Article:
Deliberate forest fires cause choking haze in Southeast Asia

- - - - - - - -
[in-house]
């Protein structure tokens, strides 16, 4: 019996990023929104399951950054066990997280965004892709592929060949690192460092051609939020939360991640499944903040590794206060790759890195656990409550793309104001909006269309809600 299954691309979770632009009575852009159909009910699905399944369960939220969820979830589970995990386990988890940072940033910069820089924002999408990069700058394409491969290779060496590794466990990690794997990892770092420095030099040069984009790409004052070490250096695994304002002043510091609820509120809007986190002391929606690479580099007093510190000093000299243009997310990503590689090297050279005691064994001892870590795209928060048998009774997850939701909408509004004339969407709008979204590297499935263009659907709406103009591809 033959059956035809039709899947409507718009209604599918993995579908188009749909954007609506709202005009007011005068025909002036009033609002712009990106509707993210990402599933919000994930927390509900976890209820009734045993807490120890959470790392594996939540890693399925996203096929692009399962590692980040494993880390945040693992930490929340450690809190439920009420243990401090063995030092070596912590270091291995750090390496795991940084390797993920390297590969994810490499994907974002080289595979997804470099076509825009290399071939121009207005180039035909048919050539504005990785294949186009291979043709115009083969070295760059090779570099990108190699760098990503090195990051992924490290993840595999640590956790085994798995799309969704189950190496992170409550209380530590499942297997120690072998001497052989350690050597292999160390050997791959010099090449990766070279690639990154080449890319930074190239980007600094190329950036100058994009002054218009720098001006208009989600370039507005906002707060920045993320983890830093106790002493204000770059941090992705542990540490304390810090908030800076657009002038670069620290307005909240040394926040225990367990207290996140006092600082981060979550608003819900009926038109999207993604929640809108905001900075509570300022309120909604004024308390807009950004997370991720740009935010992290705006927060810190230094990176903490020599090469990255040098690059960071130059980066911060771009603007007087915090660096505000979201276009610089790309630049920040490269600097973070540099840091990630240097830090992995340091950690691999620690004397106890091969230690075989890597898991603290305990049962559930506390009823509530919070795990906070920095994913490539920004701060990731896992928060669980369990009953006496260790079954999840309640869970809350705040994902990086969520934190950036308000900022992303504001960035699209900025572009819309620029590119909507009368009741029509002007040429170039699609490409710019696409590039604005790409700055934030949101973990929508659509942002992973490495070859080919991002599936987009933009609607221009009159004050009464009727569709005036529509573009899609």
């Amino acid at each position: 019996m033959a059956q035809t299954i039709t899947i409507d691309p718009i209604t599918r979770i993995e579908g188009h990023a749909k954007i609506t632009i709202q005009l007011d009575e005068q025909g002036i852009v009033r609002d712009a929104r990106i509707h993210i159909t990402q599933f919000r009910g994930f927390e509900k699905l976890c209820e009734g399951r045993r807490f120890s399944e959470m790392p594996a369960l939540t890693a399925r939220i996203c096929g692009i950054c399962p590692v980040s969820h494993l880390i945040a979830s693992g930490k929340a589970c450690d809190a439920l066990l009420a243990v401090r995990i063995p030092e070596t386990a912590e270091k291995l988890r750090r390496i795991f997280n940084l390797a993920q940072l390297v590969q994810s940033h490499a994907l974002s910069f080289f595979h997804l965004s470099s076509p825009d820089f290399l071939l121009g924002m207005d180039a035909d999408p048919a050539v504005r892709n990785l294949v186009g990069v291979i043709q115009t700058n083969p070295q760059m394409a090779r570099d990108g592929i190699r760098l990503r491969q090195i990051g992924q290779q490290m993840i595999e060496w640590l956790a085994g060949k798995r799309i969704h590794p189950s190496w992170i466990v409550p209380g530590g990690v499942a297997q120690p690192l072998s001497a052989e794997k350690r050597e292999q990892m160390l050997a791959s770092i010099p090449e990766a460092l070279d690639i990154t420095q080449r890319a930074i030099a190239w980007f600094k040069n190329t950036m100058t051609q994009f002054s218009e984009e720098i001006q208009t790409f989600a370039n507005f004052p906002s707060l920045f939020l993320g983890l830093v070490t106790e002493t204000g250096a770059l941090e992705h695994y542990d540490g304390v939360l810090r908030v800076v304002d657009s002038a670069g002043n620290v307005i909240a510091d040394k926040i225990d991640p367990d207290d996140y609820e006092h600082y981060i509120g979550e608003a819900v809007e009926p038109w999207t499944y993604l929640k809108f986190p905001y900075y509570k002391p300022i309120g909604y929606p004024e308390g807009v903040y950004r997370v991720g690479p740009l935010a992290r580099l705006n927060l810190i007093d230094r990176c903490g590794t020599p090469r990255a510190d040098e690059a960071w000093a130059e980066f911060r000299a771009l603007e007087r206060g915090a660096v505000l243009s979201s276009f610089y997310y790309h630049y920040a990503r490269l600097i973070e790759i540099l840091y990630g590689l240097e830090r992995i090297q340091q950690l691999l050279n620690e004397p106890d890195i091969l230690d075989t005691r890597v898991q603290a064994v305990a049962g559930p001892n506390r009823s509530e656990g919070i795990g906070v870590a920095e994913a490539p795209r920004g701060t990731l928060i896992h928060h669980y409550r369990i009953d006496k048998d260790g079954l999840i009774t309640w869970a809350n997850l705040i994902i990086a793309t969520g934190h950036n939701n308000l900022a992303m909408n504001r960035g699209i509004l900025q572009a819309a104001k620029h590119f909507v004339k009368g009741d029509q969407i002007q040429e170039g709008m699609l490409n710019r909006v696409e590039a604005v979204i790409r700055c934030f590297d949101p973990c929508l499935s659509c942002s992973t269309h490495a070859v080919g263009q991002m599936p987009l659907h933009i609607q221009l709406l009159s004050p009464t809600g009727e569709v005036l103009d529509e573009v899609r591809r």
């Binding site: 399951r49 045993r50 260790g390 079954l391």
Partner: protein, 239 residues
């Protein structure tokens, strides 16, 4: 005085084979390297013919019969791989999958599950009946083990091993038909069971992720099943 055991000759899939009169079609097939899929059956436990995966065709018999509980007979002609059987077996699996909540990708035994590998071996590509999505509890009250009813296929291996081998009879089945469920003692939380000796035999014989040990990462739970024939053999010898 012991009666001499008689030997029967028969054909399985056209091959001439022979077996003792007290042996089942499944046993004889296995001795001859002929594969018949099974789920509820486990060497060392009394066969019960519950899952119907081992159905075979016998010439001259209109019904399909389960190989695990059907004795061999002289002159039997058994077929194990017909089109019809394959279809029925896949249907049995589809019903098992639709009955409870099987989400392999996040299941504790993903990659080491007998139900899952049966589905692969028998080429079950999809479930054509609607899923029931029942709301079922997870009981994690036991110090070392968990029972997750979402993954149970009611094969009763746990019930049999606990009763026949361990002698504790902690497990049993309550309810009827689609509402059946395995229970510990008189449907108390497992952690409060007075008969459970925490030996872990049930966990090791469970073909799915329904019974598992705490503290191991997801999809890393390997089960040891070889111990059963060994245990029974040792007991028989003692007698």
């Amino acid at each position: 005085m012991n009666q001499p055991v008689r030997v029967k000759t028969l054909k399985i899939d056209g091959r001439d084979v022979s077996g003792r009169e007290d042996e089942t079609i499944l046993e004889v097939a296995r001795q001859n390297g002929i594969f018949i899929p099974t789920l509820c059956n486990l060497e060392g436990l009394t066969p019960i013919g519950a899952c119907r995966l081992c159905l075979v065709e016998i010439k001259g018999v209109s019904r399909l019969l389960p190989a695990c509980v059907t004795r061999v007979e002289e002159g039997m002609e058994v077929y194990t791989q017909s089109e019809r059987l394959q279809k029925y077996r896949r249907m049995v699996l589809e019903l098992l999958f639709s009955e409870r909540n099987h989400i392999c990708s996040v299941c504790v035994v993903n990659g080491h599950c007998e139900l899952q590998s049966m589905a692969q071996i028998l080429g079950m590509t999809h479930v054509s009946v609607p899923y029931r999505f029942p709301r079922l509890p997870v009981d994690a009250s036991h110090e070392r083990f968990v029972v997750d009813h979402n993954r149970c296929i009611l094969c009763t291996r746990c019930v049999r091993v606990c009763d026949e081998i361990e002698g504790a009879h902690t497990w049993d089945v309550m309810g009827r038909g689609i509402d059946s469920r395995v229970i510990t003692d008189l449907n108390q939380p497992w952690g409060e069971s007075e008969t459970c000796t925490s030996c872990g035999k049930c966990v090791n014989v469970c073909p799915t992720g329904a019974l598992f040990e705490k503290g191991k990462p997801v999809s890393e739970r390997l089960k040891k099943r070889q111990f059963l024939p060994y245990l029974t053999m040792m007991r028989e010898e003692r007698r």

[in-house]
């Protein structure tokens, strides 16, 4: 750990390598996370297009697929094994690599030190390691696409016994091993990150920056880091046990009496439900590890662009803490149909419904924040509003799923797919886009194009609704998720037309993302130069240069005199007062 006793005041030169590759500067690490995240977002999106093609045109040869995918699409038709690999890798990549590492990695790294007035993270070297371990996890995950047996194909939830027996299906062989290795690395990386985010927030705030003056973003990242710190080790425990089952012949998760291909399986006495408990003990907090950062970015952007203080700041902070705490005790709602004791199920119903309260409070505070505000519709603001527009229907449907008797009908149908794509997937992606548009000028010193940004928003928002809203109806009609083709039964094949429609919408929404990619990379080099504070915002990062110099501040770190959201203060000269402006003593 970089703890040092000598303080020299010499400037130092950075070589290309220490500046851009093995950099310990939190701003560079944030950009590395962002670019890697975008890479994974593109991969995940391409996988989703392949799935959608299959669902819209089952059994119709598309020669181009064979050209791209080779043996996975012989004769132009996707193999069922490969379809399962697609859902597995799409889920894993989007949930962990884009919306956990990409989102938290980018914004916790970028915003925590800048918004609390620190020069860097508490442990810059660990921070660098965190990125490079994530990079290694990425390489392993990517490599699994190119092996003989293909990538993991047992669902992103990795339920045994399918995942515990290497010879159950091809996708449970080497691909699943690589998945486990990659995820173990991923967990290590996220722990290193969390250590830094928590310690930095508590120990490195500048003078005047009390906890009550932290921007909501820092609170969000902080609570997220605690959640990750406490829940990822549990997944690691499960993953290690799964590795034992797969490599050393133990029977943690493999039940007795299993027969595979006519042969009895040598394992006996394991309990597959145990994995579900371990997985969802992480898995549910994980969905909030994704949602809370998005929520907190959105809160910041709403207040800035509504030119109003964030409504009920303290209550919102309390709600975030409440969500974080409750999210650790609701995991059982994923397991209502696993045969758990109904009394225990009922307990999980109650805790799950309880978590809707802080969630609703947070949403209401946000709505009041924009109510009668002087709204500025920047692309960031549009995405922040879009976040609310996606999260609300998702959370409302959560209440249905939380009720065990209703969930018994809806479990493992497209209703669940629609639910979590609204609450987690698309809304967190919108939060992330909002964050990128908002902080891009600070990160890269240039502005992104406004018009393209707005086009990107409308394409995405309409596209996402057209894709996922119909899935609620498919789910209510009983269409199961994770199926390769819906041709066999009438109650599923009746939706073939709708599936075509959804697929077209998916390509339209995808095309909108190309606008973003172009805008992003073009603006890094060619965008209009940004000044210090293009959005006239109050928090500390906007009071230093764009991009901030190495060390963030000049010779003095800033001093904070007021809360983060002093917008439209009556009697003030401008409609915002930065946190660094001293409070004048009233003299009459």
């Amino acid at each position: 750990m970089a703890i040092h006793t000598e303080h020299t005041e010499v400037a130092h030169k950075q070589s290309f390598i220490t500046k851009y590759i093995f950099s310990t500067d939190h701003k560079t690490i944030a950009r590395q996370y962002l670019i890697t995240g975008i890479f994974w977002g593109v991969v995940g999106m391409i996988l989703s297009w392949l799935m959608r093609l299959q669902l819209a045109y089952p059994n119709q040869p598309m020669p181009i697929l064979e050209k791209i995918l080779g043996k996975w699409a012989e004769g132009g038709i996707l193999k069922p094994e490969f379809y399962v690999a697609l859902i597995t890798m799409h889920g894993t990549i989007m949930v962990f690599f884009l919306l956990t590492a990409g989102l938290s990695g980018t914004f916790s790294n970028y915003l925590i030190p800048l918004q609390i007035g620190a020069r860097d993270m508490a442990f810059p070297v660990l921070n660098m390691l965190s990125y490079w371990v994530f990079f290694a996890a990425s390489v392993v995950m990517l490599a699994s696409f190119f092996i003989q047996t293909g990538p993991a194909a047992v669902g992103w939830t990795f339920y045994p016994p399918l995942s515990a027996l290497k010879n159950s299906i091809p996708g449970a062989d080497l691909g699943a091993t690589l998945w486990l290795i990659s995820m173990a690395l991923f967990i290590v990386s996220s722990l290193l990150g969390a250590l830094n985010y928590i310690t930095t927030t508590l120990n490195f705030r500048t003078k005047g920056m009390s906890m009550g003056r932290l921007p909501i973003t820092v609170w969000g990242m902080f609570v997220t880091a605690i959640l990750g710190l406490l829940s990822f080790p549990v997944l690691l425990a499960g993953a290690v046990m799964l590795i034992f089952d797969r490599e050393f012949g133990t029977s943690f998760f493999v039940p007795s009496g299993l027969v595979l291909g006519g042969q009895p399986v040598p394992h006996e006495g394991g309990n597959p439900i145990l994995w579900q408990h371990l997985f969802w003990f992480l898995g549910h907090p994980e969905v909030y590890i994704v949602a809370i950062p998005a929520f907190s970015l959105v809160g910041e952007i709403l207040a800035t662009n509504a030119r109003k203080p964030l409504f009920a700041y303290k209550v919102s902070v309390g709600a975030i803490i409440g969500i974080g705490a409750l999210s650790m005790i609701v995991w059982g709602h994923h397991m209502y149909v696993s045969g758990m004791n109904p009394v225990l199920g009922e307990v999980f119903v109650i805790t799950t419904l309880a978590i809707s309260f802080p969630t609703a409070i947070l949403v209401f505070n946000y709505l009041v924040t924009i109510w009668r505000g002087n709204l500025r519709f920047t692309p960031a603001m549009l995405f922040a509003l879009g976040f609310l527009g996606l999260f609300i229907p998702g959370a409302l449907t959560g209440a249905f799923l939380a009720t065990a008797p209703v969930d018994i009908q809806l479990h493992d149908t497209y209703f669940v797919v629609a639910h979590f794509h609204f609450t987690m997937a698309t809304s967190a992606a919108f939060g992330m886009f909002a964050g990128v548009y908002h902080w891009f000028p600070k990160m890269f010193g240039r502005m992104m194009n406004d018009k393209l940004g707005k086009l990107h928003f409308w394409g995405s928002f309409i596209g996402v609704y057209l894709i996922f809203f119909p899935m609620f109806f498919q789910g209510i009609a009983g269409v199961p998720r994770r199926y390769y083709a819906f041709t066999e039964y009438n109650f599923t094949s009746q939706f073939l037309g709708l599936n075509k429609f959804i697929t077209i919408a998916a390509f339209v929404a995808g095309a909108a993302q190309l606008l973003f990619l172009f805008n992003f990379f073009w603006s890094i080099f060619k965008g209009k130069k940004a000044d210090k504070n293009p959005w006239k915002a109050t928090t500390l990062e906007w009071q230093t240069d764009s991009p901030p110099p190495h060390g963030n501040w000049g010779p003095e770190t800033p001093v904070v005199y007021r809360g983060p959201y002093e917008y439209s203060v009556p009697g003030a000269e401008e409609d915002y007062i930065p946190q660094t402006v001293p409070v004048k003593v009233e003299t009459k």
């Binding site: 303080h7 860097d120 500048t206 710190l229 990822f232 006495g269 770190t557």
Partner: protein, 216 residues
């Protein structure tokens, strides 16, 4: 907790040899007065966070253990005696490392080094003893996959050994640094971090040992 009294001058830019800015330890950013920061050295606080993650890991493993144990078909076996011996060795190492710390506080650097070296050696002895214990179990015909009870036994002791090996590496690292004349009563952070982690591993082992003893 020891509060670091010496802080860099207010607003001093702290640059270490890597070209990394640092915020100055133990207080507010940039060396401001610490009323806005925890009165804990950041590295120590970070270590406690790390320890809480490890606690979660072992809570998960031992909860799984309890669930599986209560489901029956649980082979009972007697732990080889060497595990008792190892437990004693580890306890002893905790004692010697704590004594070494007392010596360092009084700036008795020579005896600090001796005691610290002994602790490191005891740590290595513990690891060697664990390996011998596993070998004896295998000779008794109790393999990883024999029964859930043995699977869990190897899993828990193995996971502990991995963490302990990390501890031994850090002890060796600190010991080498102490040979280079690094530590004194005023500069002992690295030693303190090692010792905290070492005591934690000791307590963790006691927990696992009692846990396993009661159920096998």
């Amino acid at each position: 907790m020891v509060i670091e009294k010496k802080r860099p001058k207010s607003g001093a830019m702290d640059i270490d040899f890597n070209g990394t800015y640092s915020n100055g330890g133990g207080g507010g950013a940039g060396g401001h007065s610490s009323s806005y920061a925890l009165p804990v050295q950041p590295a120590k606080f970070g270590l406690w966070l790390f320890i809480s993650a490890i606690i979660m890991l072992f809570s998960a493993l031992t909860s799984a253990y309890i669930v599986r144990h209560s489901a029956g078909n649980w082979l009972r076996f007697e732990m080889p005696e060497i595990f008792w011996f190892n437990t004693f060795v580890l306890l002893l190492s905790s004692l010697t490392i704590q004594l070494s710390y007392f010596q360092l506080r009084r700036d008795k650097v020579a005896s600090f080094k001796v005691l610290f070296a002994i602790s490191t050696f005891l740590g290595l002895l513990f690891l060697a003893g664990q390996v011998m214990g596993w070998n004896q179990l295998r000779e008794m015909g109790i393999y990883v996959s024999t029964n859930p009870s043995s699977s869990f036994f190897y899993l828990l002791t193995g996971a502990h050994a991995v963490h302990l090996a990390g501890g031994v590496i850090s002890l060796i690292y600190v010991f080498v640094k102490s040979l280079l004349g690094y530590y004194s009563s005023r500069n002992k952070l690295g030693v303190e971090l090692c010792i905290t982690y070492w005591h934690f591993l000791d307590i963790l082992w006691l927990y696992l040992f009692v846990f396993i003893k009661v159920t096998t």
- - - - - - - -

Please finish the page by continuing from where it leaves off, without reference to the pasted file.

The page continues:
Southeast Asia has been suffering through hellish smog over the last few weeks thanks to Indonesian farmers and owners of timber and palm-oil plantations who have set massive fires to clear land. Slash-and-burn practices are illegal in Indonesia, but nonetheless take place every year and rarely result in punishment. This year, the air quality is particularly bad, triggering health problems, causing traffic accidents, forcing children to stay indoors, and putting a damper on outdoor recreation and tourism. James Hosking, a Brit vacationing in Singapore, complained, “I’m supposed to be brown. I told my friends I’d be lazing out by the pool sunbathing. I’ve been here nine days and I haven’t seen an hour of sun.” With visibility as low as 650 feet in certain areas, the thick smoke has shut down some airports. The haze — which experts fear could last until late November — could cost the region more than $9 billion. Ironically, some of the palm oil that will come from newly cleared plantation land will be used to make “eco-friendly” biodiesel.